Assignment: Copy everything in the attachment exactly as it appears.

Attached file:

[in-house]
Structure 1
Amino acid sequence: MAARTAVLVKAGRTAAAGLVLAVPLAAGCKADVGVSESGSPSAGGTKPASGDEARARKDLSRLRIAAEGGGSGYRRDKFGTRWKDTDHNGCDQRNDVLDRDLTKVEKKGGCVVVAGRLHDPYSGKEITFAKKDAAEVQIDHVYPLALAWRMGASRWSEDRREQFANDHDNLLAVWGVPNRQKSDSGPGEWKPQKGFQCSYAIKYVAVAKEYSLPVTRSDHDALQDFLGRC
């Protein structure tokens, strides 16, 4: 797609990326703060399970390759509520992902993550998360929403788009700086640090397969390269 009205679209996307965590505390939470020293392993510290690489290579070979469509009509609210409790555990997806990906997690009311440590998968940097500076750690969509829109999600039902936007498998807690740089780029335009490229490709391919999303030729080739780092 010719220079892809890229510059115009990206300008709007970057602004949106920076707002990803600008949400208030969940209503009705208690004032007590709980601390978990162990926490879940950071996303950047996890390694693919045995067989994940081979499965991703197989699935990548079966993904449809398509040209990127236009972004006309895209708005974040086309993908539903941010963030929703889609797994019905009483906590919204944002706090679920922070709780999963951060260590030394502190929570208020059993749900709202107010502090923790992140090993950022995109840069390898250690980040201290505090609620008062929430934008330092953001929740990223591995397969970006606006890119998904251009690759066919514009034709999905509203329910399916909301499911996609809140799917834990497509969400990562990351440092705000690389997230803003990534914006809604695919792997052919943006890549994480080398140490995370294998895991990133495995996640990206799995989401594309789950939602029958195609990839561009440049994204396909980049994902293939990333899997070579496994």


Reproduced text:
[in-house]
Structure 1
Amino acid sequence: MAARTAVLVKAGRTAAAGLVLAVPLAAGCKADVGVSESGSPSAGGTKPASGDEARARKDLSRLRIAAEGGGSGYRRDKFGTRWKDTDHNGCDQRNDVLDRDLTKVEKKGGCVVVAGRLHDPYSGKEITFAKKDAAEVQIDHVYPLALAWRMGASRWSEDRREQFANDHDNLLAVWGVPNRQKSDSGPGEWKPQKGFQCSYAIKYVAVAKEYSLPVTRSDHDALQDFLGRC
């Protein structure tokens, strides 16, 4: 797609990326703060399970390759509520992902993550998360929403788009700086640090397969390269 009205679209996307965590505390939470020293392993510290690489290579070979469509009509609210409790555990997806990906997690009311440590998968940097500076750690969509829109999600039902936007498998807690740089780029335009490229490709391919999303030729080739780092 010719220079892809890229510059115009990206300008709007970057602004949106920076707002990803600008949400208030969940209503009705208690004032007590709980601390978990162990926490879940950071996303950047996890390694693919045995067989994940081979499965991703197989699935990548079966993904449809398509040209990127236009972004006309895209708005974040086309993908539903941010963030929703889609797994019905009483906590919204944002706090679920922070709780999963951060260590030394502190929570208020059993749900709202107010502090923790992140090993950022995109840069390898250690980040201290505090609620008062929430934008330092953001929740990223591995397969970006606006890119998904251009690759066919514009034709999905509203329910399916909301499911996609809140799917834990497509969400990562990351440092705000690389997230803003990534914006809604695919792997052919943006890549994480080398140490995370294998895991990133495995996640990206799995989401594309789950939602029958195609990839561009440049994204396909980049994902293939990333899997070579496994």